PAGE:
OTTUMWA — Wapello County has 22 new voting machines on the way, and the equipment could speed results on election night.
The 22 new machines have modems included. That’s not new, said Auditor Kelly Spurgeon, but the county never used the modems on the current machines. She hopes to get the system set up with this purchase. That could mean getting the results faster on election night.
“If we used the modems to get the results we could have them by like 9:15 p.m.,” she said.
The wireless results would be unofficial, but that’s not really different from the results the county reports on election night now. The official results are part of the final canvas of the election several days later.
The county may save some money with the new machines. Spurgeon said they can print ballots on the spot, which means the county may not have to print ballots ahead of time for smaller elections and risk having the cost of unused ballots.
The move to purchase the machines is pre-emptive. There have not been any problems with the current equipment, but Spurgeon said she doesn’t “want to get to a point where we have a [failure]” on election day.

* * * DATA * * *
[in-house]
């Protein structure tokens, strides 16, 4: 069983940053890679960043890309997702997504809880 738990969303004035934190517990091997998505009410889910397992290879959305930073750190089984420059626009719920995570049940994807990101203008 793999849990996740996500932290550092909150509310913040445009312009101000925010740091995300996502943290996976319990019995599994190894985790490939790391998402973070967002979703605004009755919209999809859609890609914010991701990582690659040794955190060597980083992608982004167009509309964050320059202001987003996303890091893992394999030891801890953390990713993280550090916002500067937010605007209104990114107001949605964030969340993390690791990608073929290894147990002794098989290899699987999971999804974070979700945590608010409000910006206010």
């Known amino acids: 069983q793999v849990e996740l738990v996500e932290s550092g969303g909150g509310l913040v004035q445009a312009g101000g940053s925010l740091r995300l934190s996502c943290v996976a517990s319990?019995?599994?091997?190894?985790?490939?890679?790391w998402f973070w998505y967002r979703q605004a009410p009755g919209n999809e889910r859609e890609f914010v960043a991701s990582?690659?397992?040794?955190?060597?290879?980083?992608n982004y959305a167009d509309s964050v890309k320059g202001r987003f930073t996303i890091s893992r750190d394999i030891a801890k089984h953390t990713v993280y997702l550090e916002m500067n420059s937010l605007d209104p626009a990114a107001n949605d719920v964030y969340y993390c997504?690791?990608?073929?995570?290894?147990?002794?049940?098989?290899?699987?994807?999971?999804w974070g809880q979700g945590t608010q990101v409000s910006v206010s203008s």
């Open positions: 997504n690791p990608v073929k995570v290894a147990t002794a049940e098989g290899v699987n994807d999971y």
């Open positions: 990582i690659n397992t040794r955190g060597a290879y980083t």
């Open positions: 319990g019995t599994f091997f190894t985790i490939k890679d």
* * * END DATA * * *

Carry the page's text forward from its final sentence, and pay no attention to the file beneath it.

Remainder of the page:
Keeping equipment up to date also serves as a way to keep the technology current. Election security is a significant concern nationally, though the reasons vary. There is evidence that attempts were made to hack into state voter rolls prior to the 2016 elections. Concerns have been raised about whether the voting systems could be vulnerable to manipulation of results, though there has been no evidence brought forward that has happened.
President Donald Trump has repeatedly said voter fraud — people improperly casting ballots — cost him the popular vote. He has not provided evidence to back up that claim.
Iowa Secretary of State Paul Pate has downplayed concerns about fraudulent ballots, saying that while Iowa uses electronic devices to count votes the state always has paper ballots to back them up. That allows election officials to go back to hand counts if there are problems with the count.
That remains true with the new equipment. The machines are digital image scanners with an internal battery backup and a ballot box. People will still fill out a ballot by hand, and election officials will still have access to those if questions arise.
The $162,397 price tag isn’t small, but Supervisor Brian Morgan said it’s a cost worth paying.
“It’s going to be quite a bit of savings just to pay for it all at once,” he said.